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Is it worth going in for awards?

“It is becoming ever more important to be seen as different from our competitors, but at the same time, harder to do so. I am thinking of entering for an industry award, as it would help us stand out from the crowd. Do you consider this to be a worthwhile?”

Julian O'Dell

Julian O'DellI am asked this frequently during conversations with estate agents and in fairness it is one of the most straightforward questions to deal with. The answer is an unequivocal “Yes”!

My role as a trainer/consultant is centred on improving sales and lettings agents’ performance through the pursuit of exceptional business practices. The techniques, skills, systems and processes are proven to have a direct impact upon the bottom line by raising levels of performance and results. It is subsequently critical to maintain momentum by adhering to these new higher levels and one way of doing so is to scrutinise all key areas of performance on a regular basis. One of the best ways of undertaking this, is to enter industry award competitions.

Awards celebration imageI have been fortunate to be deemed worthy of judging awards and the estate agency firm of which I was a Partner for 15 years won a variety of accolades, including “Best Independent Estate Agency Chain” from this esteemed publication. For the cynical, I was not a judge for any of the awards that our estate agency won!


Some industry awards are free to enter, others require an fee, others still are voted for by the public. Typically, a detailed submission needs to be compiled and the objective is to ensure your company stands apart from the other entrants in the eyes of the judges.

Compiling an Awards submission you will review your business through an objective set of eyes!

Guidelines regarding submissions also differ – from 400 words over four pages, through to no limit at all at the other. Most judges are too long in the tooth or worldly wise to be taken in by froth and gloss, quality is far more important than quantity. The submission needs to contain more than bold platitudes as to how wonderful your firm is and the excellence of all you do – evidence is key.

Third party market share reports, board counts, performance statistics, testimonials, online reviews, photographs of your quality premises, brochures and marketing all contribute to the overall evidence that should be presented to the judges. Include information about training budget and schedule, staff turnover statistics, and ultimately proof of how you are different from your competitors in the way you conduct your business.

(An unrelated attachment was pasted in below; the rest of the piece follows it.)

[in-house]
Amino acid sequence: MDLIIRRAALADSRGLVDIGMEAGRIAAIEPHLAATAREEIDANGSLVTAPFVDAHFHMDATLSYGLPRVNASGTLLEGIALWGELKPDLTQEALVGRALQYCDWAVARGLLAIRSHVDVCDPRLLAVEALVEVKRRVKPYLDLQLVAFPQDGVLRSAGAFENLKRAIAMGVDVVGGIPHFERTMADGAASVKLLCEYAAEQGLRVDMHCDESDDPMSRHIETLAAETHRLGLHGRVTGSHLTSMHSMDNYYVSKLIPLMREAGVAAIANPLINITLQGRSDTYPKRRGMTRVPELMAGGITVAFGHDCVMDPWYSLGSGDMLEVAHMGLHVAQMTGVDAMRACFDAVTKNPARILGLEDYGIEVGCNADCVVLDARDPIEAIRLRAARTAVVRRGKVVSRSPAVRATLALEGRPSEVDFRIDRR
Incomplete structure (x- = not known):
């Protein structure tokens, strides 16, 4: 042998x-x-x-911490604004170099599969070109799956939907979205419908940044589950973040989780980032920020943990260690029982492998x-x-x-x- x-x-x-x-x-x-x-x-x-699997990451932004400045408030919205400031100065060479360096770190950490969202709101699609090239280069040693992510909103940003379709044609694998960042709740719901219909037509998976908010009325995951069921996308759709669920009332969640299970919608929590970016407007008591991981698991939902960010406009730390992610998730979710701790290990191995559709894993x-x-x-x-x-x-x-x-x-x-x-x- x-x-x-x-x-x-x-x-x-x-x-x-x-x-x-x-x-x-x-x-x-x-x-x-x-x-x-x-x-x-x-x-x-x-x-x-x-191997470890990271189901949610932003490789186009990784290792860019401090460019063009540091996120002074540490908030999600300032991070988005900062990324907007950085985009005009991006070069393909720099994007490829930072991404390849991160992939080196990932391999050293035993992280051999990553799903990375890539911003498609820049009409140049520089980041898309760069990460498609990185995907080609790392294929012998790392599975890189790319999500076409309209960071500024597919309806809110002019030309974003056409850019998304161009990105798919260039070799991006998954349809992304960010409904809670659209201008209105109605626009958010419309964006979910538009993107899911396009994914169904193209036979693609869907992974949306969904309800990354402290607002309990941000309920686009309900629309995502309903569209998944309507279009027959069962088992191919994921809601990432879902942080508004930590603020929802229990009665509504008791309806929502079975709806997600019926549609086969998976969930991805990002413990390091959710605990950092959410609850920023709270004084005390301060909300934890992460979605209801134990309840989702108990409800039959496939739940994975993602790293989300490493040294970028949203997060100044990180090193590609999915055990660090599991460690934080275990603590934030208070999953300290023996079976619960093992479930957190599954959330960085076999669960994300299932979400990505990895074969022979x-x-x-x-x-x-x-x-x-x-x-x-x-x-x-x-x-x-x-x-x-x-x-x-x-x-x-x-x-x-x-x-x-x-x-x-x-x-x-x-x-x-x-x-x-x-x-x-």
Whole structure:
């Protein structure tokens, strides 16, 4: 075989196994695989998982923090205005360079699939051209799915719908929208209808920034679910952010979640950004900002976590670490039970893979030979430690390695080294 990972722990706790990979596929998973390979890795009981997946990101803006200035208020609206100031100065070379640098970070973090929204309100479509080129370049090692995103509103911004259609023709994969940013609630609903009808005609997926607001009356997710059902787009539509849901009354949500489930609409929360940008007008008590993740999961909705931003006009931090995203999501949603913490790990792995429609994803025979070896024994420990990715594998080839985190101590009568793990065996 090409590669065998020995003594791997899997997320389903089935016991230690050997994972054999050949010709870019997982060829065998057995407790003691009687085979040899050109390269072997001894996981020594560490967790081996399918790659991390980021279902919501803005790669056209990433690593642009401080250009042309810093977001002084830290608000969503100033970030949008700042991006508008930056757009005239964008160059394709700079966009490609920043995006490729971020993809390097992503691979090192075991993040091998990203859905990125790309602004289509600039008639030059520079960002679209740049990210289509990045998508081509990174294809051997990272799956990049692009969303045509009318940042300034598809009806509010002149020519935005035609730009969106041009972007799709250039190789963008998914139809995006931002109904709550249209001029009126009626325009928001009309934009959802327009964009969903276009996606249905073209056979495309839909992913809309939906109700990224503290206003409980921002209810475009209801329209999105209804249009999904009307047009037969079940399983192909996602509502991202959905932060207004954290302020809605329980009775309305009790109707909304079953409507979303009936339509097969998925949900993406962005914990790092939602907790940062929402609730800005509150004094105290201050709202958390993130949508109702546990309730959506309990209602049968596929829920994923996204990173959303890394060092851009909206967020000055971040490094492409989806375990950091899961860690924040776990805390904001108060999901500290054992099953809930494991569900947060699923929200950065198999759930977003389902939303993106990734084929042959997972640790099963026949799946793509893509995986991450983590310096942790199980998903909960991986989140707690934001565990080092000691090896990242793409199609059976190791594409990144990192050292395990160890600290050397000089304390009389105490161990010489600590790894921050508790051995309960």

By compiling a submission, you cannot help but review your business through an objective set of eyes. This act in itself can be very revealing as it often highlights areas of performance and business practice that need improvement. If evidence is hard to come by on a particular part of the company’s performance, it probably needs to be an area to work on before next year’s awards.

In my experience, agents that win awards always treat the submissions as year-round events, with the gathering of proof and evidence an integral part of their culture. In many cases, staff members are encouraged to inform a co-ordinator of anything above and beyond the call of duty that will be worthy of mention in the final submission.


A phone call from a judge is sometimes an element of the process – I have made many such calls over the years and it is extraordinary how unprepared some recipients are, despite having prior notice of the call. If you are due such a call, I recommend that you have a copy of your submission in front of you and that you are conversant with the content as well as your company’s figures and statistics. Sounding enthusiastic and cheerful is always appreciated too.

Crucially, all the above can be totally undermined by the way staff handle any mystery shopper calls, which will almost certainly form part of a thorough judging process. You can appear to be the best agent in history on paper, but if that impression is contradicted by poor quality service received when tested. I wouldn’t bother entering for any customer service related award unless you have trained your staff to deliver to a high standard.


I have helped many companies win awards by ensuring that all staff knew the key criteria that would be measured, getting them to accept my mantra that ‘good is no longer good enough’ and by ensuring that they strive for “exceptional” performance on a daily basis. The ‘journey to exceptional’ is one that every member of the team needs to come on. Examples need to be discussed every day, and evidence diligently collated. Although many awards are decided at the back end of the year, work to win them starts in January.

And for the winners, subsequent marketing campaigns write themselves – shout about the successes and ensure the awards in themselves serve as a fabulous USP and instruction winner.

In the meantime, ‘exceptional’ business processes and customer service must then become the norm within those winning firms – after all, if they are going to promote their awards victories, they have to live up to the hype!

Julian O’Dell is founder of TM Training & Development.

March 14, 2016